What Is the Oxford Comma—And Why Can’t the Grammar World Agree on Whether to Use It?

Who gives a darn about an Oxford comma?

The Oxford comma—also called the serial comma—is one of the most divisive linguistic devices in the English language. Unlike when you should use an apostrophe and when you shouldn’t, this “rule” isn’t precise. As Grammarly editor Brittney Ross says, “Oxford commas are like the Ugg boots of the punctuation world. People either love them or hate them or don’t know what they are.”

So what is the Oxford comma?

Well, appropriately enough, the Oxford Dictionary has the answer. The proper definition of the Oxford comma is “a comma used after the penultimate item in a list of three or more items, before ‘and’ or ‘or’.” For example:

“Today I went to lunch with my roommates, Tom, and Molly.”

But why put the comma between “Tom” and “and”? It clarifies to the reader that all three entities mentioned are separate and that Tom and Molly are not the speaker’s roommates, but additional lunchmates. (If Tom and Molly are your roommates, you could say “…with my roommates, Tom and Molly” without the Oxford comma.) Seem pedantic? Maybe, but it comes in extra handy in a few other situations too. For example, say you wanted to tell your friend about your excitement to see a few bands at an upcoming indie rock festival:

“I can’t wait to see the Fratellis, the Strokes, LCD Soundsystem, and Florence and the Machine this weekend!”

The Oxford comma serves a key purpose here, as Florence and the Machine is one musical act. Without it, the aforementioned amazing concert lineup becomes a jumbled mess. 

When should you use the Oxford comma?

Despite its obvious anti-confusion benefits, some people just don’t like it. Some journalists choose not to use it because it takes up space on a page; other people don’t like it simply because they were told in school to never use it—just one more grammar “rule” your English teacher lied to you about—and now it feels wrong to them. This is not a hard and fast rule by any means. After all, the Oxford comma gets its name from Oxford University Press, where its readers, editors, and writers would commonly use it. Ross notes that Grammarly’s platform is pro–Oxford comma because of the vocal preference many of their original users had for it.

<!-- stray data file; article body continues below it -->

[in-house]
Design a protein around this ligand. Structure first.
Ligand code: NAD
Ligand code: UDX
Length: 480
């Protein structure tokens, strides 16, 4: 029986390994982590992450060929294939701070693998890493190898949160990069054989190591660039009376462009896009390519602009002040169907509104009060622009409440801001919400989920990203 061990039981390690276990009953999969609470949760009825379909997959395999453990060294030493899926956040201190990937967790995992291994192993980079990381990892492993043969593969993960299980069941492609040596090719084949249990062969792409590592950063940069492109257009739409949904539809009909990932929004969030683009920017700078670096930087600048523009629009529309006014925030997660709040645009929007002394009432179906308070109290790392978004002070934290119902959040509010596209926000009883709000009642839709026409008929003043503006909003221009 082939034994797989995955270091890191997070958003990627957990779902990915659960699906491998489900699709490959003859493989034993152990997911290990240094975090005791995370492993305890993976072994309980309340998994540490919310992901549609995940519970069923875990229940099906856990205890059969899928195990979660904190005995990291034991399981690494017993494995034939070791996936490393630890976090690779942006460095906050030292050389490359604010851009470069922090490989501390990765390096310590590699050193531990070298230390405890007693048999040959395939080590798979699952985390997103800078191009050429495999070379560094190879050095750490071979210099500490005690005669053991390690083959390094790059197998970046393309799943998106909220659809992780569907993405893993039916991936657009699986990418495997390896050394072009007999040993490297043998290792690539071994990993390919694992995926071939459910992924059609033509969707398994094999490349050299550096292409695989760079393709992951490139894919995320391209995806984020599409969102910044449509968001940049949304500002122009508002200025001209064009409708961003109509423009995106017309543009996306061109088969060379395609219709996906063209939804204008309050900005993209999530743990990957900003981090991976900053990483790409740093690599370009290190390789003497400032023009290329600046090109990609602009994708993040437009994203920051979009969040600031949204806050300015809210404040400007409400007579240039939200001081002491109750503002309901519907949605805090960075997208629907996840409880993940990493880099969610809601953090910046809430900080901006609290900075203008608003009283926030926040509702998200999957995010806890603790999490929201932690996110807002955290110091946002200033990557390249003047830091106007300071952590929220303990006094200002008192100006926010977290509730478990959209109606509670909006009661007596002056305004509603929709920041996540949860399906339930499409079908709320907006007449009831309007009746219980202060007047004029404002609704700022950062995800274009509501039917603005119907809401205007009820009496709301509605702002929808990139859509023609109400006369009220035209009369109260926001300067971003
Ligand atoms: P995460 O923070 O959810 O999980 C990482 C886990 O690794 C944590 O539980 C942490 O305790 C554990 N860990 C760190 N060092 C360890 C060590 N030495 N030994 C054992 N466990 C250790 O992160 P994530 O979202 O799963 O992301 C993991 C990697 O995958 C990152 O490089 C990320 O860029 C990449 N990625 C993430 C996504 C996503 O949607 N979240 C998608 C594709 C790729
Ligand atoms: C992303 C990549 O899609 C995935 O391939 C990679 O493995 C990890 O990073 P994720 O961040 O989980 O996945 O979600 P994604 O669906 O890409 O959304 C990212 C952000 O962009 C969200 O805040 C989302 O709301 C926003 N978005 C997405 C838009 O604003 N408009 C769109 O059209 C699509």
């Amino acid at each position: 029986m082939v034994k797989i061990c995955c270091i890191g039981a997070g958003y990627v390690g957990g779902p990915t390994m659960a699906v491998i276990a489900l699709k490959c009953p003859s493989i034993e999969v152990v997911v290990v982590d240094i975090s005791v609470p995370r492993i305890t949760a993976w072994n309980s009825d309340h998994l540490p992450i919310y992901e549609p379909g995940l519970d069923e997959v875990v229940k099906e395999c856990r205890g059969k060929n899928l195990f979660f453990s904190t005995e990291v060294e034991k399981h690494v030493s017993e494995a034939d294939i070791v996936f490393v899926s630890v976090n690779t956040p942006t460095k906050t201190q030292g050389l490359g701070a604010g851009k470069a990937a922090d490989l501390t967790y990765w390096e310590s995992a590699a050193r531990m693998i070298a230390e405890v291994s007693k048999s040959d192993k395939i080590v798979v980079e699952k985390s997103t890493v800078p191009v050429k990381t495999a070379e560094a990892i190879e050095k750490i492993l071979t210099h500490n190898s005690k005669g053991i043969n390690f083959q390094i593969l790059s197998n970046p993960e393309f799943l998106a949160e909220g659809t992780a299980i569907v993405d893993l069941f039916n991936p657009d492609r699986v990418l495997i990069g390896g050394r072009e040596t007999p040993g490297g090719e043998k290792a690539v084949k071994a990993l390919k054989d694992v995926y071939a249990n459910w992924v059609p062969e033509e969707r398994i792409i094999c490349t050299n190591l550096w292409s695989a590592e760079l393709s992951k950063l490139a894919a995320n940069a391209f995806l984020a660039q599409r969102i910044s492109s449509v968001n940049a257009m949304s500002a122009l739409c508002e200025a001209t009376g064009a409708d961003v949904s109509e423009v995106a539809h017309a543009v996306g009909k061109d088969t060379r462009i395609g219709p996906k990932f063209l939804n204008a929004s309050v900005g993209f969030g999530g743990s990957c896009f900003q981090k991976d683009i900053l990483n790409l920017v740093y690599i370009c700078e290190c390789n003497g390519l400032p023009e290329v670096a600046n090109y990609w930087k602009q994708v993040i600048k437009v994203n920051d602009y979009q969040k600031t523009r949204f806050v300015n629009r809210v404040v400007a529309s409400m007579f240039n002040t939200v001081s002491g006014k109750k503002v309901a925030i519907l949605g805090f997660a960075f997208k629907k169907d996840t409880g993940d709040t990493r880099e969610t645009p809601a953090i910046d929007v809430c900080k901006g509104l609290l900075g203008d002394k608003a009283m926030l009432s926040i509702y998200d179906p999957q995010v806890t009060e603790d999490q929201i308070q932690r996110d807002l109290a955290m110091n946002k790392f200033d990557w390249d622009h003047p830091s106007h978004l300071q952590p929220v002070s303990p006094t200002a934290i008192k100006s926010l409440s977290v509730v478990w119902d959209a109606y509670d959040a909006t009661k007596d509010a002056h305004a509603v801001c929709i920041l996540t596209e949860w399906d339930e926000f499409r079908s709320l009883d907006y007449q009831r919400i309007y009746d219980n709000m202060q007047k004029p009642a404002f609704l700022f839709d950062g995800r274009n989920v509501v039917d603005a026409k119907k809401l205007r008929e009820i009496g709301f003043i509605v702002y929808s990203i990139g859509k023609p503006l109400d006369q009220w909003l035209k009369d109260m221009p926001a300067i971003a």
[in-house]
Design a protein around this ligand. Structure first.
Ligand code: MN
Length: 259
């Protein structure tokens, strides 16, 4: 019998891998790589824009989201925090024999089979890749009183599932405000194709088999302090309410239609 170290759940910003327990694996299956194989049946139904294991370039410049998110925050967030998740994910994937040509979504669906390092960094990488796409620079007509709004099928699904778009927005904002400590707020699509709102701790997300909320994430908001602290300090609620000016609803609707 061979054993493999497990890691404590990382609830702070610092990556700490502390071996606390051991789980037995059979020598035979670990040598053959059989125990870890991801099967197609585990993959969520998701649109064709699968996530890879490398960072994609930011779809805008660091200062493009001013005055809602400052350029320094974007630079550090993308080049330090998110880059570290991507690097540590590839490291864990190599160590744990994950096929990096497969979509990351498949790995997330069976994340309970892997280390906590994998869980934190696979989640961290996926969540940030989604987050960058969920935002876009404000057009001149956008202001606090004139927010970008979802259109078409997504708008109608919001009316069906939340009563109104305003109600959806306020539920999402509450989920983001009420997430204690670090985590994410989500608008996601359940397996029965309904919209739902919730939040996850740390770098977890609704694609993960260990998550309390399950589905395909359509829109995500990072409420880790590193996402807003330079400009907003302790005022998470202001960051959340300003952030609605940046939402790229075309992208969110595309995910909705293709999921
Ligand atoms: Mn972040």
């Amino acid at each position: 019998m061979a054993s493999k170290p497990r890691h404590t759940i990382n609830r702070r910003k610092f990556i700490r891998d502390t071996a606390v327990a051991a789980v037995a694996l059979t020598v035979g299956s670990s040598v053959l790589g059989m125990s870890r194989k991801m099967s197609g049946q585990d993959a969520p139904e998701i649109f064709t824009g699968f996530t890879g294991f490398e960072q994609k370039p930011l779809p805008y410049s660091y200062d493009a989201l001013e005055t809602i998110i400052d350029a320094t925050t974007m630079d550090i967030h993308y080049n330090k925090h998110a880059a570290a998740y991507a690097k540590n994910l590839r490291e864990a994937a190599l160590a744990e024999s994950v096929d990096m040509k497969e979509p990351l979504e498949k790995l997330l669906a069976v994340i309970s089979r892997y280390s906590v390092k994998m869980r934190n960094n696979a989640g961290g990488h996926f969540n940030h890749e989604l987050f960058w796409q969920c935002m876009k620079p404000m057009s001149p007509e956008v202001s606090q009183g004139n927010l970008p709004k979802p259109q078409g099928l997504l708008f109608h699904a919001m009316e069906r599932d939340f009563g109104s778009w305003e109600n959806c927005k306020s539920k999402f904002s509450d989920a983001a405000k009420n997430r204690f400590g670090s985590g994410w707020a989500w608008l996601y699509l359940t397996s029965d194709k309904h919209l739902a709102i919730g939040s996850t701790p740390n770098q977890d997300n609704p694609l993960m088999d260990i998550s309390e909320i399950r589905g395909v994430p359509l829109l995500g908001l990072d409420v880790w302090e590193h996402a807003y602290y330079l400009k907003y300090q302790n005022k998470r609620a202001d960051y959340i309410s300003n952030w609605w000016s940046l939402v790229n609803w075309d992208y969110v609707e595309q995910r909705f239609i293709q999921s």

Whether or not to use the comma is largely up to you, but here are a few guidelines to help you make the decision. 

Usage of the Oxford comma varies depending on what you’re writing; for example, the Associated Press does not require it but does not ban it. But The Chicago Manual of Style requires it. “When it comes to AP vs. Chicago style, I think a lot of people forget the importance of the word style. The important thing to remember is when the style isn’t working for you, you should do what works,” Ross adds. Ultimately, it all comes down to consistency; if you use it once in a paper, you use it always in that paper. Hey, we never said this was easy. There’s a reason the Oxford comma is on the list of the most confusing grammar rules in the English language

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Isabel Roy
Isabel Roy has been a writer and editor for RD.com since February of 2019. She graduated from the University of Wisconsin La Crosse with a Bachelor of Arts degree in Writing and Rhetoric. She is thrilled to be living and working in the Big Apple although she misses the easy access to freshly made Wisconsin cheese curds and Kopps Custard. When not at the Reader’s Digest office, you can find her downing too many chai lattes and rereading her favorite Harry Potter books.